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Per the title, what are some of the oldest complex analysis books out there with (unsolved) exercises? Maybe there are some hidden gems from before the 20th century out there. I am aware of the classic books of Goursat and Titchmarsh.

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It seems the first textbook on complex analysis was J.C. Bouquet and C.A. Briot, 1859, Théorie des fonctions doublement periodiques et, en particulier, des fonctions elliptiques

source: The Real and the Complex: A History of Analysis in the 19th Century

This 1859 text contains "examples", but no unsolved exercises. An early 20th century textbook with unsolved exercises is Theory of functions of a complex variable by H.F. Burkhardt. The book is from 1897, the exercises were added in 1913 by S.E. Rasor.

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    $\begingroup$ I disagree with Liouville! $\endgroup$ – Alexandre Eremenko Mar 6 at 1:56
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One of the first English complex analysis books with (unsolved) exercises was Whittaker and Watson, Course of Modern Analysis. First edition was published in 1902 (by E. T. Whittaker only). The exercises (more than 1000 of them) are mostly taken from the famous Cambridge Tripos exams. Some of them are very hard.

This book is famous for other reasons too: Old books still used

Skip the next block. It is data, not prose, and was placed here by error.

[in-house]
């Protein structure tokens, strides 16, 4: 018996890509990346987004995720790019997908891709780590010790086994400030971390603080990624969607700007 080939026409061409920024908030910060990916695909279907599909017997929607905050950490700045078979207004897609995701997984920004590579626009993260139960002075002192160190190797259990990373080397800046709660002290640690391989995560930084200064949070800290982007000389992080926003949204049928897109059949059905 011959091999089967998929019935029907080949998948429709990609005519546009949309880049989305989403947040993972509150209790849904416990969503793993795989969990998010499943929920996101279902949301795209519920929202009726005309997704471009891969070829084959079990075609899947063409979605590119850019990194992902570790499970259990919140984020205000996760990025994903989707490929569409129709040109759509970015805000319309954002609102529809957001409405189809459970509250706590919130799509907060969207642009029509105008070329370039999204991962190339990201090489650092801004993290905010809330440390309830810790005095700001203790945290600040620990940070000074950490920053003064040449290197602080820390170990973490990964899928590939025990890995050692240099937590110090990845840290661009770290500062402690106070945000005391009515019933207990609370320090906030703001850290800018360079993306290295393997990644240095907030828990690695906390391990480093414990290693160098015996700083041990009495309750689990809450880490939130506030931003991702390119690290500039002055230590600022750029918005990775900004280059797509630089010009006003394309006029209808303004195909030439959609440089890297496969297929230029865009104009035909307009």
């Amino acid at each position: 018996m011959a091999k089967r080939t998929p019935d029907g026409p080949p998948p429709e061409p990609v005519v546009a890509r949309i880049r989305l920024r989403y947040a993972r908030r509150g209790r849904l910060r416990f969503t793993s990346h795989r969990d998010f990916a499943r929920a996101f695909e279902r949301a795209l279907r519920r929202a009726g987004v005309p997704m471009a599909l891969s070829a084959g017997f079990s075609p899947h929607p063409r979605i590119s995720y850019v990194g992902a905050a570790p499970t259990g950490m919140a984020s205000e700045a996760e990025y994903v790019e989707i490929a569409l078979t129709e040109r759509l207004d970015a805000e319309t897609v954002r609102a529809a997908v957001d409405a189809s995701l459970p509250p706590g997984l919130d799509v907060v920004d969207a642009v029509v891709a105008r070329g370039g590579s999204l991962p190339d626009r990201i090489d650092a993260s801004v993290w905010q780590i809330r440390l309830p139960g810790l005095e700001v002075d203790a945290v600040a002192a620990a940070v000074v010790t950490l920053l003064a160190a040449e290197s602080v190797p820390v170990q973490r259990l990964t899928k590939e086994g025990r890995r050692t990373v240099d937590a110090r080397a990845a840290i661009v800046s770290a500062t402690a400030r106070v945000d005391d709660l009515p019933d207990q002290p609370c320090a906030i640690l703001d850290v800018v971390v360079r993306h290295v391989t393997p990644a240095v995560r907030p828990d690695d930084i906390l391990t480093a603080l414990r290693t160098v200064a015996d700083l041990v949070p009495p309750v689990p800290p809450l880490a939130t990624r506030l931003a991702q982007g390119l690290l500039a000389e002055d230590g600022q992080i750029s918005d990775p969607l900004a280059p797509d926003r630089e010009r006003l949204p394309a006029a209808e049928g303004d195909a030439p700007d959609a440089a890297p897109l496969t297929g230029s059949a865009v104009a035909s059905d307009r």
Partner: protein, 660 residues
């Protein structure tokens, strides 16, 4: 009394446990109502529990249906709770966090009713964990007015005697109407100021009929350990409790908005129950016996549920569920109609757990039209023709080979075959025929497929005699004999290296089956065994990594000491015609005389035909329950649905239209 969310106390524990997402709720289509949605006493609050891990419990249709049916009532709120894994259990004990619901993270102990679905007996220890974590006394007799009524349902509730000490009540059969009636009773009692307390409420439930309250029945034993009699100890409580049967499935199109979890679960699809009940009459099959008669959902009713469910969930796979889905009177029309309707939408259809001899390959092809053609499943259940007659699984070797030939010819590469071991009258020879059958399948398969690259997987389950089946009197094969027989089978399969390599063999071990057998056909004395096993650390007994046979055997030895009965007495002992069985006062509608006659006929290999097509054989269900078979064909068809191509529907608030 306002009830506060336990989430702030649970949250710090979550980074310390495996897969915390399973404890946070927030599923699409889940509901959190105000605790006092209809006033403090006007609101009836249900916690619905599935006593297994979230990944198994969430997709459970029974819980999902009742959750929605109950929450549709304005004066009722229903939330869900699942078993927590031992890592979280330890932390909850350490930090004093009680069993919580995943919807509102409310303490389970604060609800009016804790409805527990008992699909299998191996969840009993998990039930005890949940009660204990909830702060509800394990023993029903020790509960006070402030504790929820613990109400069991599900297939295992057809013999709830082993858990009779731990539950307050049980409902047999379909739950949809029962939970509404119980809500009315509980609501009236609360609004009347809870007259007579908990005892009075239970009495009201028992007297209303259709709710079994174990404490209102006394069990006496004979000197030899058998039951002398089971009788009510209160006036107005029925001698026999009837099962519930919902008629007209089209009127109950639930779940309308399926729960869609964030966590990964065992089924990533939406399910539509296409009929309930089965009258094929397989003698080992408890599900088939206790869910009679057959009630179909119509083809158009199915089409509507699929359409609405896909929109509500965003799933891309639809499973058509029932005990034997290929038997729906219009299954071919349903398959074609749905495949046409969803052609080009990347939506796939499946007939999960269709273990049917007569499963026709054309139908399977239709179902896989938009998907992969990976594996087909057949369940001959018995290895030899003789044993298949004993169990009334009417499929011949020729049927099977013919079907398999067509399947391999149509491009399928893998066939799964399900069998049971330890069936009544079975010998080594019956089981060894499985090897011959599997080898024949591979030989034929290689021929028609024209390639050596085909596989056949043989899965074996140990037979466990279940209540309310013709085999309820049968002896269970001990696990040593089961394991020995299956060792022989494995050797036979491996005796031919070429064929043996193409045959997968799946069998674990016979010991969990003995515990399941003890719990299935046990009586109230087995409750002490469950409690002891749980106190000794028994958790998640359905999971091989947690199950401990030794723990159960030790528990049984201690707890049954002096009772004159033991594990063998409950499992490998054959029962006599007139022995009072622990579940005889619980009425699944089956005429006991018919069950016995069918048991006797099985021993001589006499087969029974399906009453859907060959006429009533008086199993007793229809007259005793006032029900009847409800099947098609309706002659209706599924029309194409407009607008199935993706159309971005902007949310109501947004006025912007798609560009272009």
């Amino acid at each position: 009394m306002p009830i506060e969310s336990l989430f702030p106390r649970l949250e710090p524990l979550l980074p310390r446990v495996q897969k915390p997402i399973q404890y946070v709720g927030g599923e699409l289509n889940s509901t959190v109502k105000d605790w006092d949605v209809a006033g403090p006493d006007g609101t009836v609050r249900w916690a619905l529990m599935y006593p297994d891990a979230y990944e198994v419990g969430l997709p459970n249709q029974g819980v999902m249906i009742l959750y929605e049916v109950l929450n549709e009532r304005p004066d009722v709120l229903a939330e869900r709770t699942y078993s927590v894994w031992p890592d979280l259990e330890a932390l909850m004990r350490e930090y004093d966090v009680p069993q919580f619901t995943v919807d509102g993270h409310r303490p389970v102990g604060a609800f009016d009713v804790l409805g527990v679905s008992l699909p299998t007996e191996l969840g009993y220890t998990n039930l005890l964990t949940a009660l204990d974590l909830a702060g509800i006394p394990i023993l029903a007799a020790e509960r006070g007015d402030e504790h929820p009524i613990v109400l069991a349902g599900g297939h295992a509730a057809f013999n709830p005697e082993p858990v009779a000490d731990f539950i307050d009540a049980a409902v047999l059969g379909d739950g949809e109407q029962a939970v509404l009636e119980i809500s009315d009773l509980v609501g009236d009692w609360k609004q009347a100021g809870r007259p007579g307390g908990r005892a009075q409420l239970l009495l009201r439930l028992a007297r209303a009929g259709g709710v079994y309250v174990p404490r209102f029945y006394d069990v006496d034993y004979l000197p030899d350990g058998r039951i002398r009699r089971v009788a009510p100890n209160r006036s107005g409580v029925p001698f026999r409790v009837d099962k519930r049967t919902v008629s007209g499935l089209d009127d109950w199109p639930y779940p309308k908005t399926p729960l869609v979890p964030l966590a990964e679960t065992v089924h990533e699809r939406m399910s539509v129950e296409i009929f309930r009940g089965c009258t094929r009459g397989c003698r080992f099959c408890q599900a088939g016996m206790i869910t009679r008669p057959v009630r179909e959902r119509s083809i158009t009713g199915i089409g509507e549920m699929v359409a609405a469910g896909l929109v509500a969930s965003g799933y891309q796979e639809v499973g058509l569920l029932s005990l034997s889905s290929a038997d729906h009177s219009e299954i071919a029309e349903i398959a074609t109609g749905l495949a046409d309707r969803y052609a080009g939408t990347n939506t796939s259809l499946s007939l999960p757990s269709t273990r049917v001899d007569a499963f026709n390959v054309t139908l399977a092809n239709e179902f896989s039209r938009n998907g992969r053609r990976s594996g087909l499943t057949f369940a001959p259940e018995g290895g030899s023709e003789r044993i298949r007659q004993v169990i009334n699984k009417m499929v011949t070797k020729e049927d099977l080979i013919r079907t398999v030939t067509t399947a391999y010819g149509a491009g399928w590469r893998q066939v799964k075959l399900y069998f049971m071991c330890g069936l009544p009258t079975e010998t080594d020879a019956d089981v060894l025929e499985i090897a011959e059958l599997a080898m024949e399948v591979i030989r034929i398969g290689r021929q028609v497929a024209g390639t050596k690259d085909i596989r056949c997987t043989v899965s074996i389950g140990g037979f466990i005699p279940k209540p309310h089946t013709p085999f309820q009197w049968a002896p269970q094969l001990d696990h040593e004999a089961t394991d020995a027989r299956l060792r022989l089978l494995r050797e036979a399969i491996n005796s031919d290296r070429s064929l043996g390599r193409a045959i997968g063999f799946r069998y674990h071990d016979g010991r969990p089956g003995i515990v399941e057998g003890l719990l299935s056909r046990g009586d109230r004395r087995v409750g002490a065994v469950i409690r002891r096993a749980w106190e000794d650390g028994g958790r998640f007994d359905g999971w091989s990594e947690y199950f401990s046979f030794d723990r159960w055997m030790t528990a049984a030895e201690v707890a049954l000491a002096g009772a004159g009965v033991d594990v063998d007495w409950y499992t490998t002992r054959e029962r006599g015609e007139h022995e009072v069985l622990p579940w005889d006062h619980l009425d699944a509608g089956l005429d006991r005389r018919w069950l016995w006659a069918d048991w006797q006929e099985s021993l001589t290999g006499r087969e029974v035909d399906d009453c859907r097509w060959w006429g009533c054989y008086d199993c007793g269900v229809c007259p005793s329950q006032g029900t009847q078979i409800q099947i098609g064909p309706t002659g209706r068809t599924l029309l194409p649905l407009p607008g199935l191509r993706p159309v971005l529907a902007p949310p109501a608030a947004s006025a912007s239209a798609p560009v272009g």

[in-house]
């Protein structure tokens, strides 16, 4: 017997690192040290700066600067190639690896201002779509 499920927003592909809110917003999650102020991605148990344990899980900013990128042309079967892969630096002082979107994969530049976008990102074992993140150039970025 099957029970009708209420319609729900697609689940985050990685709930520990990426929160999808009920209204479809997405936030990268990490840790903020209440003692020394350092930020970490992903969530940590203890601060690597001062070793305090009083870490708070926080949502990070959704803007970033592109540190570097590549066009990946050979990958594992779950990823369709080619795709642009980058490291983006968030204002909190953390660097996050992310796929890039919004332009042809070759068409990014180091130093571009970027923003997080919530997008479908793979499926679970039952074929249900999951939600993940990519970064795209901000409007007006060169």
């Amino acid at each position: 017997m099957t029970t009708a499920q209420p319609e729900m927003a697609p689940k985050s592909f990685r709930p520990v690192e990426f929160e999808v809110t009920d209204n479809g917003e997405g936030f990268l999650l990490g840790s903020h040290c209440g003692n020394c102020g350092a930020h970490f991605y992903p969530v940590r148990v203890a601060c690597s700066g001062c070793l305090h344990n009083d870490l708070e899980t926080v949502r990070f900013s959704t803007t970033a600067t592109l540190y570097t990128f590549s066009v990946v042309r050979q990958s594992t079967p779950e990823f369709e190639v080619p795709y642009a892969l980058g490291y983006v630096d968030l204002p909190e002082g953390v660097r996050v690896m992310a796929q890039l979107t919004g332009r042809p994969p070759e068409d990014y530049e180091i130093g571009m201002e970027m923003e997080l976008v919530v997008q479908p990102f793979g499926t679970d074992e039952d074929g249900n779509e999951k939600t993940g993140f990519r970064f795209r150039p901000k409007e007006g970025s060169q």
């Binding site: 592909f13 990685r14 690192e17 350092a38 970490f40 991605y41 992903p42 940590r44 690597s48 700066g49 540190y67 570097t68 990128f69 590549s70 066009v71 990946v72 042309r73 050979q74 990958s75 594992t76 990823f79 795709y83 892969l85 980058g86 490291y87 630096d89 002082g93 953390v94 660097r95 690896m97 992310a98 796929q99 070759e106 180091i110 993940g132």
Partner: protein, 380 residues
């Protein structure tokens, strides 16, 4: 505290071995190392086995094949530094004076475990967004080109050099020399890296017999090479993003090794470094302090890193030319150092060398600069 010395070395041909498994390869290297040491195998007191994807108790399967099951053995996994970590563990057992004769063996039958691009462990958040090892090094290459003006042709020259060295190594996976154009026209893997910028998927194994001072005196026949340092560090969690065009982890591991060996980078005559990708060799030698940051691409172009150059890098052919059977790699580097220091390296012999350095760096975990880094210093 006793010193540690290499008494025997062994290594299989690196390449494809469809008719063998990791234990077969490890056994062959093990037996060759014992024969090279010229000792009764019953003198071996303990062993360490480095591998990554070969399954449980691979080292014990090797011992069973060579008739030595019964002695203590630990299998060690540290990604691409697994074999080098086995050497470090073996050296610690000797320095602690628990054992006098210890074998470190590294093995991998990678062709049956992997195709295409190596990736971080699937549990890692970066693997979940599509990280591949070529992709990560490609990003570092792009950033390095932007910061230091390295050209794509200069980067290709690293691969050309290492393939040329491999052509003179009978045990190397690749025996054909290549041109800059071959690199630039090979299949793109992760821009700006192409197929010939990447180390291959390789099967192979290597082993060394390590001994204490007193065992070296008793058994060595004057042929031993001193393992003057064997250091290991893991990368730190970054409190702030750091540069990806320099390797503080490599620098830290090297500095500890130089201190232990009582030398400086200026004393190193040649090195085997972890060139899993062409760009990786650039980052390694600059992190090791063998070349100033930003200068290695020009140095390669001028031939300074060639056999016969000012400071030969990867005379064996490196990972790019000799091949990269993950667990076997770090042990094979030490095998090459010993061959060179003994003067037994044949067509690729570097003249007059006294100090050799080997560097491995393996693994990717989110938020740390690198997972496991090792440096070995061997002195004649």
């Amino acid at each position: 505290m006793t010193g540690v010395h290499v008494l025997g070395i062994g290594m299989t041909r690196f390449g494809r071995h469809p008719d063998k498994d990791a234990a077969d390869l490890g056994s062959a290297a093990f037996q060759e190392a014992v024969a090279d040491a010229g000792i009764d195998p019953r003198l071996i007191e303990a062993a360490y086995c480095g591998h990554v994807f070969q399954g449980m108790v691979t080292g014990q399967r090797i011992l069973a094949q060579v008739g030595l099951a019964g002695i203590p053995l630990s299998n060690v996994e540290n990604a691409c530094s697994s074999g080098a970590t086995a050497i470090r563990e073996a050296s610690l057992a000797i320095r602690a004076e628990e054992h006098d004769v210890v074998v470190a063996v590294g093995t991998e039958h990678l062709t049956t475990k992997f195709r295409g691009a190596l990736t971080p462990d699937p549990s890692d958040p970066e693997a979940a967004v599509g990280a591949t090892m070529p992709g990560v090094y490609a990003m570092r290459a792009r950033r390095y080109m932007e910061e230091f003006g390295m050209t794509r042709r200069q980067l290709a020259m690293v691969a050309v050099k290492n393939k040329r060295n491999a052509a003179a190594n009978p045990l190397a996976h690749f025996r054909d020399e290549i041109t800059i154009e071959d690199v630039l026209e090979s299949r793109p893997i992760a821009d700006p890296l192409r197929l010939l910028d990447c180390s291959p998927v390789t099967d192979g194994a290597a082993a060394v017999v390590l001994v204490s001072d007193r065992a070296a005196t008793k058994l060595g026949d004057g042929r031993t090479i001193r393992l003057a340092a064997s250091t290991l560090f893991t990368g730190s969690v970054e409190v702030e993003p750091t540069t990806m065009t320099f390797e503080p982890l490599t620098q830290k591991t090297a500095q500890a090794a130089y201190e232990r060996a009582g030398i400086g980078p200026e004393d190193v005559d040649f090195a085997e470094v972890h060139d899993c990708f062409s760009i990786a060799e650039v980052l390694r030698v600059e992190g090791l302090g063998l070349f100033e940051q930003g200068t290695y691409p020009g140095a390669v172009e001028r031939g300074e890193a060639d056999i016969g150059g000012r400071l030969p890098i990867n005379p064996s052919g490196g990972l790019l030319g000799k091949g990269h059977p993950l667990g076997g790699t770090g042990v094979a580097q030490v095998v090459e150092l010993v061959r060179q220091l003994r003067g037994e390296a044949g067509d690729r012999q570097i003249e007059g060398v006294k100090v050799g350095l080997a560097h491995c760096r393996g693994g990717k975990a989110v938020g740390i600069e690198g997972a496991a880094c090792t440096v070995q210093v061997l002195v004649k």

Remark. It seems to be an English-American custom to include exercises in textbooks. In other languages (Russian, French) they don't include them, and publish separate books of exercises.

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  • $\begingroup$ What are some of the earliest complex analysis exercise books in Russian and French, then? $\endgroup$ – Squid with Black Bean Sauce Mar 6 at 12:19
  • $\begingroup$ In Russian, there are essentially two of them: by Volkovyskii MR0265563 (there is an English transl. in Dover) and by Evgrafov MR0262468, both published in 1960s. They are both rich sources and can be used not only as problem books but also as handbooks. $\endgroup$ – Alexandre Eremenko Mar 6 at 13:36
  • $\begingroup$ In French I know Exercises d'Analyse by Gaston Julia, 4 volumes, first edition 1933 $\endgroup$ – Alexandre Eremenko Mar 6 at 13:40
  • $\begingroup$ Before 1960s the Russians used Gunter and Kuzmin, Problems in Higher mathematics which covered all Analysis (and more), like the French book by Julia. I am not sure about the date of the first Russian edition, but it must be in 1930s. $\endgroup$ – Alexandre Eremenko Mar 6 at 13:44
  • $\begingroup$ In German, we have the famous Polya-Szego Problems and Theorems, which covers all Analysis, and specially for Complex Analysis, the books by Knopp (1923). $\endgroup$ – Alexandre Eremenko Mar 6 at 13:46

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